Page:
By Peninah Murithi…
The news that Kampala was ditching Kenya’s oil pipeline project hit the top bureaucrats like a thunderbolt. East Africa’s leading economy had hoped that Uganda would use the proposed Northern Corridor.
Uganda’s partners, particularly the French oil giant, Total E&P, were uncomfortable with the northern Kenya route, which they consider expensive and a major security risk in the face of recent terrorist activity in the region.
Uganda also expressed concerns about the choice of Lamu as the location for the pipeline terminal over fears of monsoon winds. There were also concerns around the financing of the project, with Uganda fearing that it would take too long and delay export of its crude oil.
Uganda has opted for a pipeline connecting Hoima to Tanzania’s port of Tanga. The route was attractive because it eased the security concerns raised by Uganda’s partners, was considered less expensive, and also because the port is already fully operational, while the Lamu port is a work in progress.
Kenya’s choice of the Northern Corridor was strategic. While taking care of its own oil find in Lokichar, it can open up the region to significant infrastructure development and the resultant economic activities.
The northern frontier, its immense potential notwithstanding, has always been a headache for successive Kenyan governments. Its expansiveness, harsh climatic conditions, underdevelopment, and residents’ complaints that they are neglected makes the region vulnerable to terrorist activity. The pipeline was Kenya’s perfect opportunity to change this narrative.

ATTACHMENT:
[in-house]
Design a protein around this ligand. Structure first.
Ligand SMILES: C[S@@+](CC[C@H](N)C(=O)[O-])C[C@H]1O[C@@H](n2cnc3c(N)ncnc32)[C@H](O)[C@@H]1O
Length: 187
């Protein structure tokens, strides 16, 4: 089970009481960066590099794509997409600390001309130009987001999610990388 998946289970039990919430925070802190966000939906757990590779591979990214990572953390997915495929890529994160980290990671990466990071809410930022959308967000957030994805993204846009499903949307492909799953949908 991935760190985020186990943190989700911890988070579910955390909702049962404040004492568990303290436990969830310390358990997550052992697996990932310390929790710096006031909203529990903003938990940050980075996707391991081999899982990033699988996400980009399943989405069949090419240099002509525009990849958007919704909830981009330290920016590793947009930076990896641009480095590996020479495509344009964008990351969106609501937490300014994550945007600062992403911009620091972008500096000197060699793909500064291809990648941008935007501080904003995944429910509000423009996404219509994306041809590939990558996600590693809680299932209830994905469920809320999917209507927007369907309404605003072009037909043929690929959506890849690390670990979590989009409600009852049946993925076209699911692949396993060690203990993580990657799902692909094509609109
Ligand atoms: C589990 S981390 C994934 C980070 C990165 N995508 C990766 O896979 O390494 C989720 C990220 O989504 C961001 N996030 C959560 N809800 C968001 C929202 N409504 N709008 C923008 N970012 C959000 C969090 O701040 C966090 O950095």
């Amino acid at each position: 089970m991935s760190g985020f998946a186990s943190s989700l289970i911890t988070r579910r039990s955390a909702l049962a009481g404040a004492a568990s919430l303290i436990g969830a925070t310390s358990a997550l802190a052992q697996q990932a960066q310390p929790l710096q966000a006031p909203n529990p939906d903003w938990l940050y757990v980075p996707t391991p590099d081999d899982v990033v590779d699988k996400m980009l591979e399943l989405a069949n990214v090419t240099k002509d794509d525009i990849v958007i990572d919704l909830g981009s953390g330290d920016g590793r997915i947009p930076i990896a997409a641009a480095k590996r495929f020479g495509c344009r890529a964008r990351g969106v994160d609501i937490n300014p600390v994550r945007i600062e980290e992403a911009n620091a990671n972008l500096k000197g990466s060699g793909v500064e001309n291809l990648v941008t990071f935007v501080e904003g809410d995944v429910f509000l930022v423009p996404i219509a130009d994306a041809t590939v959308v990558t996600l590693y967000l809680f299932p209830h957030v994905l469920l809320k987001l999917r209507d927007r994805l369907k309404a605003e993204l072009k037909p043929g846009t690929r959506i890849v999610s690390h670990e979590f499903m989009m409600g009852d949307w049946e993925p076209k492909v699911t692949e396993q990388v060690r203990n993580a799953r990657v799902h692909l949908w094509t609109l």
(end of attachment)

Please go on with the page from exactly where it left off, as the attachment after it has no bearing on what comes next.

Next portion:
In choosing the route, Kenya also considered the likelihood that oil-rich South Sudan might also want to use it to transport its oil. Kenya’s oil pipeline will now run from Lokichar and terminate at the Lamu port.
The perception that Kenya was being sidelined by its regional partners was reinforced when Rwanda announced that it was exiting the multi-billion shilling standard gauge railway (SGR) in favour of its own railway project through Tanzania. This means that Kenya’s SGR will likely terminate in Kisumu.
Uganda’s and Rwanda’s decisions are in their own strategic economic interest and have got nothing to do with Kenya’s attractiveness as an investment destination or its foreign policy.
Their decisions were influenced by cost, timeliness, distance to the port, and security considerations.
These are parameters that could change in the future as regional economies expand and investors start considering other faster, more efficient options.
So, while a short-term loss is inevitable owing to Rwanda’s expected withdrawal, the long term benefits in decongesting the port and as an alternative future cargo transit for Rwanda, Burundi, and the Democratic Republic of the Congo should not be understated.
Uganda, which is Kenya’s largest market for manufactured goods, remains a key partner in the SGR while South Sudan is expected to sign up at a later date.
Despite Rwanda’s exit, the SGR remains viable since Uganda and South Sudan account for the largest cargo volumes in the region. Rwanda also has the option of transporting its cargo through Kampala as a connection to the SGR besides using the shorter Dar es Salaam route.
As governments make policy decisions and determine the fate of major infrastructure projects, they cannot take away the capability and desire of the people of East Africa to trade and relate with one another. Long before the East African Community was revived and the Common Market Protocol came into force, East Africans conducted business.
Kenya has the advantage of a large pool of well-trained and enterprising workers who provide their skills and experience both to the public and private sectors in the region. Our true advantage lies, not in pipelines and railways, but our determination to keep developing the skill set that the rest of the world wants.
Ms Muriithi is chief communications adviser, Africa Center for Strategic Futures: Kenya Project.email@example.com
This article was first published by The Daily Nation Newspaper